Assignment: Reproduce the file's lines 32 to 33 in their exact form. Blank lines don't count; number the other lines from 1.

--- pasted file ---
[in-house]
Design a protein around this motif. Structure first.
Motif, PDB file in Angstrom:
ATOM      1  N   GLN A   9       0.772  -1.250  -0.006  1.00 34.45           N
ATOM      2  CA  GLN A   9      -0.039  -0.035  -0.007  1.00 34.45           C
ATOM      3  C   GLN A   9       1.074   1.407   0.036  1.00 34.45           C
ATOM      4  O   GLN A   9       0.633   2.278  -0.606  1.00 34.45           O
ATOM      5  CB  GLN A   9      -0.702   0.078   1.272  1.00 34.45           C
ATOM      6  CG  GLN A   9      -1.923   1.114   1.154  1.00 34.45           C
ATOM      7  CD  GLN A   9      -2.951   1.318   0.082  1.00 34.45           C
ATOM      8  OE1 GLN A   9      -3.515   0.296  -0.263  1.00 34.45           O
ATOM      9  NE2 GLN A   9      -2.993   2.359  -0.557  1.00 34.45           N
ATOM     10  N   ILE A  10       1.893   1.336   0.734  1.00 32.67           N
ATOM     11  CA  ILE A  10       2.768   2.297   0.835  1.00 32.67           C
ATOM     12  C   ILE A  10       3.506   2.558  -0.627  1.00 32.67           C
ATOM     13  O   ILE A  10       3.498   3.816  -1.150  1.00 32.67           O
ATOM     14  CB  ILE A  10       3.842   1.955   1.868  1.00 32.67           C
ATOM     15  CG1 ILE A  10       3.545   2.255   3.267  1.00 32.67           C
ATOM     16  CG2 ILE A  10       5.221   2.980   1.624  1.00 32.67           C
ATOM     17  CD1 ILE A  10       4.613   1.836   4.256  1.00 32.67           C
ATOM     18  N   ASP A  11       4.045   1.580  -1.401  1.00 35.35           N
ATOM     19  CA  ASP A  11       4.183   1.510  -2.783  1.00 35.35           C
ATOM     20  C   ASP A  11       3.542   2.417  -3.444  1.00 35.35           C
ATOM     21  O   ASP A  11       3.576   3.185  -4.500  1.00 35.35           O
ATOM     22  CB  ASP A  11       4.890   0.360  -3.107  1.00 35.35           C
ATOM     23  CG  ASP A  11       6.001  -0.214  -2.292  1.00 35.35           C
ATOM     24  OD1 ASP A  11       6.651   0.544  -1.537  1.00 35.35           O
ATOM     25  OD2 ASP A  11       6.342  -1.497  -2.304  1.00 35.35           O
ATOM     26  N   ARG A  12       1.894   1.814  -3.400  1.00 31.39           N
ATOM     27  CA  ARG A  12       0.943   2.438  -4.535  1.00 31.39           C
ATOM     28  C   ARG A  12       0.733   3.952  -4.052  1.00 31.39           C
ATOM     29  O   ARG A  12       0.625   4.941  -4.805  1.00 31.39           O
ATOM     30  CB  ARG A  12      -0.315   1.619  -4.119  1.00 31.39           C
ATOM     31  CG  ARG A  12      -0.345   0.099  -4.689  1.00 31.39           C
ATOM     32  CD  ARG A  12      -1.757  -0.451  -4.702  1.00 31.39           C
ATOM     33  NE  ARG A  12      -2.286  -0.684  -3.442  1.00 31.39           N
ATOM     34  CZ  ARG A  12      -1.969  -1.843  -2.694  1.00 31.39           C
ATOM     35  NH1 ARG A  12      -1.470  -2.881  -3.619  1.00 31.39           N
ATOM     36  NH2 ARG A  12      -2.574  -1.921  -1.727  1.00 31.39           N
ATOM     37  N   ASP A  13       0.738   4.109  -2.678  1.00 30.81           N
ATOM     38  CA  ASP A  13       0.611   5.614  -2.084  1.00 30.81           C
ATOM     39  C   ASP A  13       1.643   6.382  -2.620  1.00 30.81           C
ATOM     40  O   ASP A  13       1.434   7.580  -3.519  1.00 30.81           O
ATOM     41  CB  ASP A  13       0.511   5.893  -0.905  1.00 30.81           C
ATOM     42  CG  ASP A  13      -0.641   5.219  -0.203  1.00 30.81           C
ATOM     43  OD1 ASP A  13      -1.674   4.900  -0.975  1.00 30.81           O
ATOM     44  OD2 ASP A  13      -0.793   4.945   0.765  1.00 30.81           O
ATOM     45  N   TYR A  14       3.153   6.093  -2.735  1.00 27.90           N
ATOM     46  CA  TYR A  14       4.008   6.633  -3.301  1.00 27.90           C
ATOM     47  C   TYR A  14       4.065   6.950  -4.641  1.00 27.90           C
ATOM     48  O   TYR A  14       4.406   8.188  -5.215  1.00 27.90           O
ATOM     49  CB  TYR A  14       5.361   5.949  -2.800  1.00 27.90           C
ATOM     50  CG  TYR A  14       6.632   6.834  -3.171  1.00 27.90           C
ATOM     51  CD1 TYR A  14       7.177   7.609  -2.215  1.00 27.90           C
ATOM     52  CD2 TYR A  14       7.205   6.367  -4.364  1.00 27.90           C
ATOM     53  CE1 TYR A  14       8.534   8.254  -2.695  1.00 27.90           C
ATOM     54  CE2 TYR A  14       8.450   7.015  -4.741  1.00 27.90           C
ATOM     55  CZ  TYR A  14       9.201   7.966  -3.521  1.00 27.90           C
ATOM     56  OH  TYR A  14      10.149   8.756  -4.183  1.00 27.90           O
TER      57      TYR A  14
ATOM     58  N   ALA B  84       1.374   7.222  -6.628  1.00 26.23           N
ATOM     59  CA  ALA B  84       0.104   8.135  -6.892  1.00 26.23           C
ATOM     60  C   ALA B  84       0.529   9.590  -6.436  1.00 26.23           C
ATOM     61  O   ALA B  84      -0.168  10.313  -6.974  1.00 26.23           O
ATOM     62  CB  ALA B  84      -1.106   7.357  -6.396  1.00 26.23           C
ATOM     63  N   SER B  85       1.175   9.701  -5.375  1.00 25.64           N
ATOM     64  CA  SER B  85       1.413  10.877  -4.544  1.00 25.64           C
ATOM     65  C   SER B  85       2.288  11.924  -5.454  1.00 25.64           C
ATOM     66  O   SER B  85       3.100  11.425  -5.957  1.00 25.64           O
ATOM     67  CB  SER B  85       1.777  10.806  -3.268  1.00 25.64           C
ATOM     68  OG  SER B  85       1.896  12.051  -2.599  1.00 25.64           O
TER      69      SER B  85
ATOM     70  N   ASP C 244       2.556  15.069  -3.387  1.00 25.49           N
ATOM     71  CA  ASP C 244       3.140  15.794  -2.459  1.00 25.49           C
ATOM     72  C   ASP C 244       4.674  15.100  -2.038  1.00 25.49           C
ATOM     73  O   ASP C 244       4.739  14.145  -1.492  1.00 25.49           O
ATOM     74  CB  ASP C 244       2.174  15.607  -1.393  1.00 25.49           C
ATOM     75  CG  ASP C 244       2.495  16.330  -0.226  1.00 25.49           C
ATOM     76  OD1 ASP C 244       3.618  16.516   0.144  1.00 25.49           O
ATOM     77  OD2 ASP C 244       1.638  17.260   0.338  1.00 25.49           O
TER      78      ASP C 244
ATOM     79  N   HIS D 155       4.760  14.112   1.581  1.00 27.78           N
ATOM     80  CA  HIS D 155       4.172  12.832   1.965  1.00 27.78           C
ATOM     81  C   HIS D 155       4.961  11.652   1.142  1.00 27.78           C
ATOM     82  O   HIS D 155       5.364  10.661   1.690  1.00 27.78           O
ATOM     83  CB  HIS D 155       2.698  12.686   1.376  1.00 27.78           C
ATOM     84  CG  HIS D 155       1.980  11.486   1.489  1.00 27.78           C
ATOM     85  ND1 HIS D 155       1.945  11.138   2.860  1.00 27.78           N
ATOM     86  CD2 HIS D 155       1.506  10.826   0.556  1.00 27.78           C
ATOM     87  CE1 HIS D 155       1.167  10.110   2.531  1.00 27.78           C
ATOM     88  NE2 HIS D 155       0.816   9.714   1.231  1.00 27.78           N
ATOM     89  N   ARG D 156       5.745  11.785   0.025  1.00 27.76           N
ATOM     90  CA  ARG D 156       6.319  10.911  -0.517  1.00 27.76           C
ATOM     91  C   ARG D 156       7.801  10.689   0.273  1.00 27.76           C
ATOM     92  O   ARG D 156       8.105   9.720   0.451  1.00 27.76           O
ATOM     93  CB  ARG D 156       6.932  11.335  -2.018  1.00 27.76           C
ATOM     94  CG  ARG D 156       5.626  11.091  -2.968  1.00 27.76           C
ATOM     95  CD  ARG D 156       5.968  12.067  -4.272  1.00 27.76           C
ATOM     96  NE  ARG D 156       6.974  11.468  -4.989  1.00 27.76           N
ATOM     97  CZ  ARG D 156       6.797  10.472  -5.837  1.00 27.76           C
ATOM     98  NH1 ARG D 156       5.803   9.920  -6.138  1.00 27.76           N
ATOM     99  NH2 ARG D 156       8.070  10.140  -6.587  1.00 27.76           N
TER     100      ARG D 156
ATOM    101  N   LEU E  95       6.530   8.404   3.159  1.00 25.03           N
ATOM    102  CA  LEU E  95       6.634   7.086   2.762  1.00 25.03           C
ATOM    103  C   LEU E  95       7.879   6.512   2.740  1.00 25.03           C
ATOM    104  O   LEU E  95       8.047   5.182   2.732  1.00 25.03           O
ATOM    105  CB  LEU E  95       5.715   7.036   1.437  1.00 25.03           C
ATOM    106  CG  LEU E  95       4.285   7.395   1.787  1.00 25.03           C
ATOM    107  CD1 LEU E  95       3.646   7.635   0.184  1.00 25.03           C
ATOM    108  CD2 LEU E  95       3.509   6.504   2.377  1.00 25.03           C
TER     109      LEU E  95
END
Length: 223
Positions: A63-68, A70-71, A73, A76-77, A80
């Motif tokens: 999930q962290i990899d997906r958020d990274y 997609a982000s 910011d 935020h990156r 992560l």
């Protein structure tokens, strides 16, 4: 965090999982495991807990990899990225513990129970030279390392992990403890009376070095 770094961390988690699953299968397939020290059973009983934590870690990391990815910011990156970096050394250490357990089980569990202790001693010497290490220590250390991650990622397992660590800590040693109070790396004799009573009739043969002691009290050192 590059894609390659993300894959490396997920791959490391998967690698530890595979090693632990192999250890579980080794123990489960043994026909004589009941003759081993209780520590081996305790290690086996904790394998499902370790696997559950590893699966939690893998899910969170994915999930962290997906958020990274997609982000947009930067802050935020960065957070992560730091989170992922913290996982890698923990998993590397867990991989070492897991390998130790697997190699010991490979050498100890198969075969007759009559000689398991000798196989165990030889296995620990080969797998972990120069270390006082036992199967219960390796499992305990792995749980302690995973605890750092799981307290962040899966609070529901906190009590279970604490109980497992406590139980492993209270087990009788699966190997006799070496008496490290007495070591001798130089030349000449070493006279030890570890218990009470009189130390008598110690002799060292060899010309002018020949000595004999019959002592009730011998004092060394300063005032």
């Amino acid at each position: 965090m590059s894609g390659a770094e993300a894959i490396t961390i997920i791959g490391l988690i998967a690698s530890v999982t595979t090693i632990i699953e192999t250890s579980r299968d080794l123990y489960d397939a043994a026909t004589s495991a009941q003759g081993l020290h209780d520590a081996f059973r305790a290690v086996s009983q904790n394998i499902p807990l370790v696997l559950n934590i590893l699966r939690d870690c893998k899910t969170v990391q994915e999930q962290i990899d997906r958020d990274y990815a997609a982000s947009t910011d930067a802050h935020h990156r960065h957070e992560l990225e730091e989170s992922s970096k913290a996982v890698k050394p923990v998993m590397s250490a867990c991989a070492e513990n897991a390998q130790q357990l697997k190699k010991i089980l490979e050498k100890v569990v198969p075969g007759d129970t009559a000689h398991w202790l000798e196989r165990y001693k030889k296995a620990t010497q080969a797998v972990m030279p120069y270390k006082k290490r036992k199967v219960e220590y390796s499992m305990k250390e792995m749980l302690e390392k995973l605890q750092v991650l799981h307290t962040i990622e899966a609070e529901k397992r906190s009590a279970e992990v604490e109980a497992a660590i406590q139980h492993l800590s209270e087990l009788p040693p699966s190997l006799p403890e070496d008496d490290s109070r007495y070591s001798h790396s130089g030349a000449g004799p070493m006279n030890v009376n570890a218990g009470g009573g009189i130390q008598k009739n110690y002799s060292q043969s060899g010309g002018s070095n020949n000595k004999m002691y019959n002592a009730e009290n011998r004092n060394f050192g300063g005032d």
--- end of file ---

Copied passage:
ATOM     29  O   ARG A  12       0.625   4.941  -4.805  1.00 31.39           O
ATOM     30  CB  ARG A  12      -0.315   1.619  -4.119  1.00 31.39           C